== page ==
2) We usually use someone/something in positive sentences or questions expecting positive answers
a) I was looking for someone who spoke Arabic.
b) Can I ask you something about the homework?
3) We use anyone/anything in sentences with negative elements or in open questions and when we mean ‘it doesn’t matter who or what’
a) Can you see anyone outside?
b) I didn’t say anything.
c) It isn’t difficult, anyone can do it.
Reflexive pronouns: myself, themselves, yourself, himself etc…
1) We use object pronouns (not reflexive) after prepositions of place such as above, below, beside, and near and verbs such as bring and take plus with.
a) Amy put the bag down beside her.
b) You should take an umbrella with you.
2) We use reflexive pronouns for emphasis. And to emphasize ‘without help’
a) This book was signed by the writer herself.
b) I repaired the flat tyre myself.
3) We use reflexives for special emphasis, for example, the action is difficult.
a) Since the accident he can’t dress himself.
Reciprocal pronouns: each other, one another.
1) We use reciprocal pronouns when the same action or feeling goes both ways between two or more people or things.
a) The candidates described each other
2) We use reciprocal pronouns after prepositions
a) The two girls never argued with one another.
3) We use reciprocal pronouns as possessives.
a) They even wore each other’s/ one another’s clothes sometimes.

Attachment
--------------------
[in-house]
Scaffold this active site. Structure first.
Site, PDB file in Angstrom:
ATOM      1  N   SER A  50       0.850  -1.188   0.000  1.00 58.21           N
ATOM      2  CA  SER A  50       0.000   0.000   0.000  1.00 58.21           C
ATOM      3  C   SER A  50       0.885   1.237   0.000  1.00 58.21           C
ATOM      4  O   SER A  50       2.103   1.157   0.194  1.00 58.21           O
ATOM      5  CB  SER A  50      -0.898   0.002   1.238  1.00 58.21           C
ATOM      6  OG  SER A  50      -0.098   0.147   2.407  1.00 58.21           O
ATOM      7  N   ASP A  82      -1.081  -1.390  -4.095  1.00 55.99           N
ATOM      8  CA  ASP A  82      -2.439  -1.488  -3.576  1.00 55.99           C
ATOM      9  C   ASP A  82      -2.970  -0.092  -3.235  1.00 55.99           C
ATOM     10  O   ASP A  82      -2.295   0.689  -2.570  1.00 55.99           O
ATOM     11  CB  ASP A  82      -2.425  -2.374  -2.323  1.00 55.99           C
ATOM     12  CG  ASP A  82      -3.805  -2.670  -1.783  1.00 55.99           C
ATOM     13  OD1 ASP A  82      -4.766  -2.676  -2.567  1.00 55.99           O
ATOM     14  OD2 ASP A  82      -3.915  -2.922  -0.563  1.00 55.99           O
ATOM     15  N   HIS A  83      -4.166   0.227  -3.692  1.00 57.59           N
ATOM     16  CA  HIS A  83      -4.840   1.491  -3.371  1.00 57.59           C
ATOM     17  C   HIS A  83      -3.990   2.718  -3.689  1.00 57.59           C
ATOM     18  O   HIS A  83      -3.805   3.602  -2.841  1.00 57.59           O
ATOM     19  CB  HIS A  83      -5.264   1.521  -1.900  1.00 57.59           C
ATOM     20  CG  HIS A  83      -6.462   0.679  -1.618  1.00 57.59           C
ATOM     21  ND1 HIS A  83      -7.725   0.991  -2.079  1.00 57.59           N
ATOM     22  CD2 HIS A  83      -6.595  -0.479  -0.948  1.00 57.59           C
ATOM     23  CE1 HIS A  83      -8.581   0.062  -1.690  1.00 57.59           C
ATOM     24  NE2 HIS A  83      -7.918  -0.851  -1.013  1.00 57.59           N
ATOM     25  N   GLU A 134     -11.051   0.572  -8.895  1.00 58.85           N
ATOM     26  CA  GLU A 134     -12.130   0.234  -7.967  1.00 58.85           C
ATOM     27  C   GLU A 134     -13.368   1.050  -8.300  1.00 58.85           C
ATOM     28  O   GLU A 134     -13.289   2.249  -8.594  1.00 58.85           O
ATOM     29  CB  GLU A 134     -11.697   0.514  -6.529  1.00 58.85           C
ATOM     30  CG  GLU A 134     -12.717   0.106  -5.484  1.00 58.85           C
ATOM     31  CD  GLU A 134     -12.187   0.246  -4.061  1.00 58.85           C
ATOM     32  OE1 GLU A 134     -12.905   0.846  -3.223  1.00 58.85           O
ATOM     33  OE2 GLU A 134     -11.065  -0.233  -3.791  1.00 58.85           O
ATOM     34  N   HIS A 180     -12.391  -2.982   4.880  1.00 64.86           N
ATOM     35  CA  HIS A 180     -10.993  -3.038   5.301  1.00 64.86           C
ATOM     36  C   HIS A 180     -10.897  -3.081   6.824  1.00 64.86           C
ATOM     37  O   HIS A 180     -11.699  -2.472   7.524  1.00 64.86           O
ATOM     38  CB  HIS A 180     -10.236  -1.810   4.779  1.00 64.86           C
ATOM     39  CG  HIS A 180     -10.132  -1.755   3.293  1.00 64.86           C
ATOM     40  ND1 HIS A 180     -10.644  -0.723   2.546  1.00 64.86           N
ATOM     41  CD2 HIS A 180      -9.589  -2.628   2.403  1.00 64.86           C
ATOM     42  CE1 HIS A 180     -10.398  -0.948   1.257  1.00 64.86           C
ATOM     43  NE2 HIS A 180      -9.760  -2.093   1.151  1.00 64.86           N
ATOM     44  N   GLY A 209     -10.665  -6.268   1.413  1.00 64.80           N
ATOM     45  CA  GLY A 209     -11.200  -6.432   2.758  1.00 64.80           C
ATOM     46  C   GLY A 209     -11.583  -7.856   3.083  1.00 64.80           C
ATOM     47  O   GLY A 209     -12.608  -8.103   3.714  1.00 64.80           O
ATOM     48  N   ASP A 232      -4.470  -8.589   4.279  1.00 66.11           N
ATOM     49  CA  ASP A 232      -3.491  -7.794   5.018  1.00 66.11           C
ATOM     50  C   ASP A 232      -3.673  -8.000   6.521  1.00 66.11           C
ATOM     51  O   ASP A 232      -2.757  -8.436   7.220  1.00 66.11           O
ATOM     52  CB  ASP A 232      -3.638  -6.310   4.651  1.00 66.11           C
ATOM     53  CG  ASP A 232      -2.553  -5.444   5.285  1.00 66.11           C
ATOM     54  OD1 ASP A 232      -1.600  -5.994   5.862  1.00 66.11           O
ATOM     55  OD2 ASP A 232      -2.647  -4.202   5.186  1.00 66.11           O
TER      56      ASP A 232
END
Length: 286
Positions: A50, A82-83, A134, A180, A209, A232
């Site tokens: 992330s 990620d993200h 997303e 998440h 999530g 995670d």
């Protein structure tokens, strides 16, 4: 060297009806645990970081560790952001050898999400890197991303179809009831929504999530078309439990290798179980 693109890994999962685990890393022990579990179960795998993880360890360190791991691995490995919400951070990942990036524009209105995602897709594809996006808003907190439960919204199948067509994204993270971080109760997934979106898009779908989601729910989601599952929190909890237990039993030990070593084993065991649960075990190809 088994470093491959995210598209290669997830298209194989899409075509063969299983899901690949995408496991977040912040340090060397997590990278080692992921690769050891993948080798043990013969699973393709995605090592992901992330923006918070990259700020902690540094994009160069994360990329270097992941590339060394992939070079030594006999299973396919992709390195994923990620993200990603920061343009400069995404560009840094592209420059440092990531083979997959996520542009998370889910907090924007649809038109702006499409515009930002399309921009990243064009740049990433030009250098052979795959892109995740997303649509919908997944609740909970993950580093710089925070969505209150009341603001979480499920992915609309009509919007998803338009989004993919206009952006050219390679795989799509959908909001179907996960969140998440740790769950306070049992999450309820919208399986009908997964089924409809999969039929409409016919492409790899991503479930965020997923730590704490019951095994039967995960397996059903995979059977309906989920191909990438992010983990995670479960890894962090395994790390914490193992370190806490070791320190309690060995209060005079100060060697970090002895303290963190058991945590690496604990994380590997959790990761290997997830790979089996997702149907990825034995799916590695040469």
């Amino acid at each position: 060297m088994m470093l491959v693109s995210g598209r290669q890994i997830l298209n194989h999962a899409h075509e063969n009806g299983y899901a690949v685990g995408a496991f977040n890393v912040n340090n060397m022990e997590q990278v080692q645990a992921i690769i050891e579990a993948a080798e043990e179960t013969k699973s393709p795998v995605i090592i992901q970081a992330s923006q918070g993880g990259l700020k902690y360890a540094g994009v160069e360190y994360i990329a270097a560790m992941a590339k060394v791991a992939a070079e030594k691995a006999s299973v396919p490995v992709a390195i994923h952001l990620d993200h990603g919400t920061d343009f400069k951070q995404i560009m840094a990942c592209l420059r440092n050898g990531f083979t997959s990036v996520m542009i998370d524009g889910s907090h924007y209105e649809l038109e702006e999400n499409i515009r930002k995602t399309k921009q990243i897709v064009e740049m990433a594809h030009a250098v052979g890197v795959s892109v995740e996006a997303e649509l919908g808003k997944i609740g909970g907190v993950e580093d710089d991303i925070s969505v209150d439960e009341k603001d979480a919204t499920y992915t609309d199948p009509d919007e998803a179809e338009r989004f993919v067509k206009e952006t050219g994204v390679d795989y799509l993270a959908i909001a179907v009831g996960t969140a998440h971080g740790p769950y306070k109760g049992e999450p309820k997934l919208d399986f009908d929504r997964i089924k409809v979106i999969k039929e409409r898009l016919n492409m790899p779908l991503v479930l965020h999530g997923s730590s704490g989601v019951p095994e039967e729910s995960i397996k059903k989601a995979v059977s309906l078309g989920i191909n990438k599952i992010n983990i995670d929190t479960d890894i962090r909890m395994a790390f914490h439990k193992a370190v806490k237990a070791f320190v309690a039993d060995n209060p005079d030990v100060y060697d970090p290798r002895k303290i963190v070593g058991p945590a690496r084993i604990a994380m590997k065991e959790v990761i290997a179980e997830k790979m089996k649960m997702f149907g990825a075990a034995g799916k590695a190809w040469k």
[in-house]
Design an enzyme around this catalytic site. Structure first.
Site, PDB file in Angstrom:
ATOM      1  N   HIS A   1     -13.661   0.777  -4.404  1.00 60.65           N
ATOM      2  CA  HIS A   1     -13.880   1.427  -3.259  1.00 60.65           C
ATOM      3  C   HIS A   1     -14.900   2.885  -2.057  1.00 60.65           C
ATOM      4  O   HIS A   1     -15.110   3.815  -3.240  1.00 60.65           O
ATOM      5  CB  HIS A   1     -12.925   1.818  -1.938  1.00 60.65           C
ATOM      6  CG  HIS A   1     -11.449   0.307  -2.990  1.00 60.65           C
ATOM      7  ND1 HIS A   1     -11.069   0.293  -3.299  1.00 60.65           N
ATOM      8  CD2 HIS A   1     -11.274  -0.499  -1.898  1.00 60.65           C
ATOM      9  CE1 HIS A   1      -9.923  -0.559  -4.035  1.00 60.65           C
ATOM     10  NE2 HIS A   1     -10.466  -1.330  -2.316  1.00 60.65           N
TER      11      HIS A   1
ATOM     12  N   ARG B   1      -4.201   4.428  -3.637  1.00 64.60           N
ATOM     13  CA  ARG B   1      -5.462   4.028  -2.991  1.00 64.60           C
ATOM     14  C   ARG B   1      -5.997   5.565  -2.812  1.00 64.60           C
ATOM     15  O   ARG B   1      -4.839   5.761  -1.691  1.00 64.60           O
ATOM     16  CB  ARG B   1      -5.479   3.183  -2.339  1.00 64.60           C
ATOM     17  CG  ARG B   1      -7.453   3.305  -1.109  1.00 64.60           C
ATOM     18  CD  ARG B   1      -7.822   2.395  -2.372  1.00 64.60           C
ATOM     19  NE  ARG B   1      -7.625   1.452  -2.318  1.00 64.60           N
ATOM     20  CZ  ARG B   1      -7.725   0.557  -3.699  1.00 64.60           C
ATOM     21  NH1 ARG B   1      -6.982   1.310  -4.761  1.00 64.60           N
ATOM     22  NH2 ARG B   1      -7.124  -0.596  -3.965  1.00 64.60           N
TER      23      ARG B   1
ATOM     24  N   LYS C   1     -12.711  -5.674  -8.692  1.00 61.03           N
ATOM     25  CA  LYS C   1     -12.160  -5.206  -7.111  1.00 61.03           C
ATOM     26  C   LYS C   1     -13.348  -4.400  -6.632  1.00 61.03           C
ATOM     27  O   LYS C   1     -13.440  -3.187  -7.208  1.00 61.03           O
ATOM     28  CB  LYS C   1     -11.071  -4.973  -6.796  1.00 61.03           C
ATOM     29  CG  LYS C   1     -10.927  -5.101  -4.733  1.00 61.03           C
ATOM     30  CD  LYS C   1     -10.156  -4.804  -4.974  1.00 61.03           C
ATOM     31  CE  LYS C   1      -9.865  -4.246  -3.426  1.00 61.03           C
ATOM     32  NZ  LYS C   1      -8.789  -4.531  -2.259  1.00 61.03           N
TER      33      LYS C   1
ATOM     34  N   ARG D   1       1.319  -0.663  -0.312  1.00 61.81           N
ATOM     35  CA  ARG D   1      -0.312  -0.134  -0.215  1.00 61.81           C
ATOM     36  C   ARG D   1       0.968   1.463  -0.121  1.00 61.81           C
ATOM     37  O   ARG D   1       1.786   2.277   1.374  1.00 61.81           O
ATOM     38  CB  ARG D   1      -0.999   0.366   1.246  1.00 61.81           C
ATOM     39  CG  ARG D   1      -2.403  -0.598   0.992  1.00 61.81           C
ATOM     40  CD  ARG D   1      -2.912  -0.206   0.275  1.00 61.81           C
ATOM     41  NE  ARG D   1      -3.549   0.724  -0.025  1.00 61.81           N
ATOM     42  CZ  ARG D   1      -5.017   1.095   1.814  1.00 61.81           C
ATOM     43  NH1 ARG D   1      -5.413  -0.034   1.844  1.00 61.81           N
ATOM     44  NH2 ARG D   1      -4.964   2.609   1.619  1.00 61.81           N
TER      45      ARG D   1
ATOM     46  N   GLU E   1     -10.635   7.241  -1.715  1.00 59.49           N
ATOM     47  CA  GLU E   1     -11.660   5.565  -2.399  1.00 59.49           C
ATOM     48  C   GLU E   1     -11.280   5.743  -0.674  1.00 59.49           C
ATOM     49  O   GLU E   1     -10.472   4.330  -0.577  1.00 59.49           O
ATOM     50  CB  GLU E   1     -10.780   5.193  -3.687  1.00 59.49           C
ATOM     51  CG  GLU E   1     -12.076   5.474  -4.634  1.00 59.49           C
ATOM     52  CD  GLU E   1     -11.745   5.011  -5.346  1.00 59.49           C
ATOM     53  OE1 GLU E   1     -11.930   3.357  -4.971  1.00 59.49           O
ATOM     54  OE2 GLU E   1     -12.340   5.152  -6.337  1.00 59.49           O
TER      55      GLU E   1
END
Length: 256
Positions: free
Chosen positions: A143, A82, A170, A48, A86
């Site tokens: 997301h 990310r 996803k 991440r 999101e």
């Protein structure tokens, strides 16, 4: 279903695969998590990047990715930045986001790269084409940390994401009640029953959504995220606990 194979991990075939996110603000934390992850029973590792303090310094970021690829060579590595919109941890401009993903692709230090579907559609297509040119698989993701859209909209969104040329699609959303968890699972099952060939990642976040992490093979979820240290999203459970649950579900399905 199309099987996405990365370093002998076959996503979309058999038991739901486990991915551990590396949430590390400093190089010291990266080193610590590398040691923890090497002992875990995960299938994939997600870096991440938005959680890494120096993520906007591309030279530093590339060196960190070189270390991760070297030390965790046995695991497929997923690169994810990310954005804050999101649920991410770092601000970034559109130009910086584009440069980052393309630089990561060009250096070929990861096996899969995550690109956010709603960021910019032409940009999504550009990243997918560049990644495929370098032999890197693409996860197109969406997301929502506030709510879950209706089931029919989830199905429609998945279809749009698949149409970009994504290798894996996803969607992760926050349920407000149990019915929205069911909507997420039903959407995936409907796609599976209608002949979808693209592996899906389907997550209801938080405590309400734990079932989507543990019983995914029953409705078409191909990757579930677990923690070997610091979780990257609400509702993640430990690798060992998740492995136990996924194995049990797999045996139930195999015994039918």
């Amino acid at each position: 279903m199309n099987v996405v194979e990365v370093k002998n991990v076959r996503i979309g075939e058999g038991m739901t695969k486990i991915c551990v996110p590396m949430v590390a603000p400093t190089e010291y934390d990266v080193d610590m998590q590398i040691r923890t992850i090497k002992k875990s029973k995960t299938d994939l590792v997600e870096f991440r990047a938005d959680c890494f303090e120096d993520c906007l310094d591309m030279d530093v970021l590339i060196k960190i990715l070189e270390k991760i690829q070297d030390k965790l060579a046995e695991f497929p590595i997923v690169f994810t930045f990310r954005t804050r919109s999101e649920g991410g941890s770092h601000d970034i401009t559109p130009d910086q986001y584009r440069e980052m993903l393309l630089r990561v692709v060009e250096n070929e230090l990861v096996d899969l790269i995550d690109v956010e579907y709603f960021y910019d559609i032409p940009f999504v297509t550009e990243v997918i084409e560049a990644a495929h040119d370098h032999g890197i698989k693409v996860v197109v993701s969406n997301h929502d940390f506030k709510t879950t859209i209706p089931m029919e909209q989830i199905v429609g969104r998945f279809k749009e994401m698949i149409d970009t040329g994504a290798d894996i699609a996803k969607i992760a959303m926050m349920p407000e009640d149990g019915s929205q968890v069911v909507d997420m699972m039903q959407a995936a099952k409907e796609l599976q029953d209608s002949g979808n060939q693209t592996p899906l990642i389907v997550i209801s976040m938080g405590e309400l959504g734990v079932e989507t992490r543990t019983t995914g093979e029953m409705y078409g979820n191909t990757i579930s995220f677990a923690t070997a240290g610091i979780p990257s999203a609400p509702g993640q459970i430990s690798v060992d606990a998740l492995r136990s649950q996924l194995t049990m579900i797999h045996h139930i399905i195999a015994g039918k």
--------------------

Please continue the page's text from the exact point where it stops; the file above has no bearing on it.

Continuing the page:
4) More examples:
a) I asked the boys if they had broken the window and each blamed the other.
b) There are two buses at 5:30 and one always follows the other in case the first one gets full.
Empty subject it
1) We use it as an empty subject in expressions of time, distance and weather.
a) It’s eleven o’clock
b) It’s two miles to town.
c) Is it raining?
2) More examples:
a) It surprised everyone that he won
b) It really frightened me to see the horse and rider fall.
c) It seems that he was unhappy in London.
d) It appears that he has been neglecting his studies.
e) I hate it when the alarm suddenly goes off.
f) My parents love it that we live closer together
g) We thought it strange that he was still in his pyjamas.
h) They regard is as encouraging that both sides are willing to continue negotiations.
Empty subject there
1) After there+be we usually introduce new information with a/an. We can use the or demonstratives when we treat information as familiar or given.
a) There is a long queue
b) There is the problem of parking.
2) We can use passive forms of verbs such as report, say, think between there and to be to report information.